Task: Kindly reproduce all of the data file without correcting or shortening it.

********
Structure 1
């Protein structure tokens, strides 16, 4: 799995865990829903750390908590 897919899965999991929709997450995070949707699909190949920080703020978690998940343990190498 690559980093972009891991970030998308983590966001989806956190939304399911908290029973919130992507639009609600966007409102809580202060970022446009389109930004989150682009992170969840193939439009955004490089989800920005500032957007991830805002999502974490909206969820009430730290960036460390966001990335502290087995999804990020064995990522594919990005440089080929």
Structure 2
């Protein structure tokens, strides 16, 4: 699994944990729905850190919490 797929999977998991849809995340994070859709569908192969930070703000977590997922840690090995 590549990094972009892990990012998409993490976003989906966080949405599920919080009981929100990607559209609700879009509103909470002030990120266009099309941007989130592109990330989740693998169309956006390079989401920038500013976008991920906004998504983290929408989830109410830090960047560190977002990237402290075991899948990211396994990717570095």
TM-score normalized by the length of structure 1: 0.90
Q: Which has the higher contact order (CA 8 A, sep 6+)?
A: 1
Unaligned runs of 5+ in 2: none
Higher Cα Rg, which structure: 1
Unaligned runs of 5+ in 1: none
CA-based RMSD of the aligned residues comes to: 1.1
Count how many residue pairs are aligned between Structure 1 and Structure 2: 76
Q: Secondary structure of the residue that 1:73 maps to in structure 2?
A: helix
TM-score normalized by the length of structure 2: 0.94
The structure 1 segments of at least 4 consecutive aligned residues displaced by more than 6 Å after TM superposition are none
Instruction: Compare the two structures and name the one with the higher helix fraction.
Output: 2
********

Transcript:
Structure 1
């Protein structure tokens, strides 16, 4: 799995865990829903750390908590 897919899965999991929709997450995070949707699909190949920080703020978690998940343990190498 690559980093972009891991970030998308983590966001989806956190939304399911908290029973919130992507639009609600966007409102809580202060970022446009389109930004989150682009992170969840193939439009955004490089989800920005500032957007991830805002999502974490909206969820009430730290960036460390966001990335502290087995999804990020064995990522594919990005440089080929």
Structure 2
């Protein structure tokens, strides 16, 4: 699994944990729905850190919490 797929999977998991849809995340994070859709569908192969930070703000977590997922840690090995 590549990094972009892990990012998409993490976003989906966080949405599920919080009981929100990607559209609700879009509103909470002030990120266009099309941007989130592109990330989740693998169309956006390079989401920038500013976008991920906004998504983290929408989830109410830090960047560190977002990237402290075991899948990211396994990717570095």
TM-score normalized by the length of structure 1: 0.90
Q: Which has the higher contact order (CA 8 A, sep 6+)?
A: 1
Unaligned runs of 5+ in 2: none
Higher Cα Rg, which structure: 1
Unaligned runs of 5+ in 1: none
CA-based RMSD of the aligned residues comes to: 1.1
Count how many residue pairs are aligned between Structure 1 and Structure 2: 76
Q: Secondary structure of the residue that 1:73 maps to in structure 2?
A: helix
TM-score normalized by the length of structure 2: 0.94
The structure 1 segments of at least 4 consecutive aligned residues displaced by more than 6 Å after TM superposition are none
Instruction: Compare the two structures and name the one with the higher helix fraction.
Output: 2